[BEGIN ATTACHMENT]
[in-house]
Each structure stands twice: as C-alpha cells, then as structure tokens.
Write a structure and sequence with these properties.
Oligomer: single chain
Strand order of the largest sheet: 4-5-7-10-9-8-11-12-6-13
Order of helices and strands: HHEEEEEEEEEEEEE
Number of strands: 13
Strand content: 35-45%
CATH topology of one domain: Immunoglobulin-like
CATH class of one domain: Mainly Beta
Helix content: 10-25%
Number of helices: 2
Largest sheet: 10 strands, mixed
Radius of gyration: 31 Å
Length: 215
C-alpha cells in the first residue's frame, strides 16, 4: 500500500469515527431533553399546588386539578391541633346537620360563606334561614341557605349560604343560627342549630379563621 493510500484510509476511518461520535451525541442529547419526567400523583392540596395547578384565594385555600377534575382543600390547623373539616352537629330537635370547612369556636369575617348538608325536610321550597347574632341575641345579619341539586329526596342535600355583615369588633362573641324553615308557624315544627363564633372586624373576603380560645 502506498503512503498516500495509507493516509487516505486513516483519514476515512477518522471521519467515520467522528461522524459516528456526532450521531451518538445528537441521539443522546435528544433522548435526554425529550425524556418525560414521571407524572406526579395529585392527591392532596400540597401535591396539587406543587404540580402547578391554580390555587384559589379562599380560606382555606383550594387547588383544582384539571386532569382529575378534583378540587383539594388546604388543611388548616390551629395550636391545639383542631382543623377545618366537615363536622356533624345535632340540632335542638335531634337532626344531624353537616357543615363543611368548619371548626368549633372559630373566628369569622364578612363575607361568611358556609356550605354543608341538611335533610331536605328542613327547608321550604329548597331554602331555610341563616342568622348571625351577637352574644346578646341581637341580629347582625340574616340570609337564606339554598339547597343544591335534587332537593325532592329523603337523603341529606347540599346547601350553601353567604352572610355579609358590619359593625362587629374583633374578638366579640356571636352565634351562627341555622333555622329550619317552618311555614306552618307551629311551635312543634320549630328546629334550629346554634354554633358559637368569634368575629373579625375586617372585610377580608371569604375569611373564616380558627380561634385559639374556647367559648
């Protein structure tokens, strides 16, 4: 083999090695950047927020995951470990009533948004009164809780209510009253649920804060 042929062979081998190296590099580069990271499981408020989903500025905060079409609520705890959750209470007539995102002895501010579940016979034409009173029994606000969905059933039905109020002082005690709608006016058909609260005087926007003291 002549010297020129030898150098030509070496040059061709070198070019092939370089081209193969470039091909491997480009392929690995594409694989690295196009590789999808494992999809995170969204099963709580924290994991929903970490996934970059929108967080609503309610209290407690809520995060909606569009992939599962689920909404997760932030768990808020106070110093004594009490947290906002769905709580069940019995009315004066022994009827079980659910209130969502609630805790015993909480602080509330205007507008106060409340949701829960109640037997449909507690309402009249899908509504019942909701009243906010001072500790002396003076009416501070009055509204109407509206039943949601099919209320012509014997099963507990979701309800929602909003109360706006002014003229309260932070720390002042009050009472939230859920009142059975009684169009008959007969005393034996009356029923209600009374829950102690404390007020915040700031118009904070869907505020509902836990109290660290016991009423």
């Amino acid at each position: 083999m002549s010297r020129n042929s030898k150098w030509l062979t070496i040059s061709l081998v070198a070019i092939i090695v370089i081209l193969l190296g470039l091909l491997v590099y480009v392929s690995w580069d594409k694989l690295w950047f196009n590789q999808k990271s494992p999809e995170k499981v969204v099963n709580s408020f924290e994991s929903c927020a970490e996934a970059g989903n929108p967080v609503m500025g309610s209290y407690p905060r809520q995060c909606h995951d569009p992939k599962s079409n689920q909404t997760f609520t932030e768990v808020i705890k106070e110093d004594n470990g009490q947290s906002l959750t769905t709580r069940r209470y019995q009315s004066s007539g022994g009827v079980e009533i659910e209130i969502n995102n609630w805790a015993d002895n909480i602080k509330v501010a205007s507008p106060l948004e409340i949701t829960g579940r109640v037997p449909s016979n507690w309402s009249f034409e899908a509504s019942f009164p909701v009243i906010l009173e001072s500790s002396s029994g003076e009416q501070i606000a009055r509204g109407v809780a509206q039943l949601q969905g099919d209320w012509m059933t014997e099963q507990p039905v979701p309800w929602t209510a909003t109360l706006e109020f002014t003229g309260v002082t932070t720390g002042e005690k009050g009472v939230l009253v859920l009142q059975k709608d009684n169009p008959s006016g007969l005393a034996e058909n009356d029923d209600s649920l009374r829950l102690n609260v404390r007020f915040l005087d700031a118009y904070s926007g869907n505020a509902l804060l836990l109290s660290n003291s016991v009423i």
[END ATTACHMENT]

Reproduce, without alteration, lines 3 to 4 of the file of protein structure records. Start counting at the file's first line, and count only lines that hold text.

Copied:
Write a structure and sequence with these properties.
Oligomer: single chain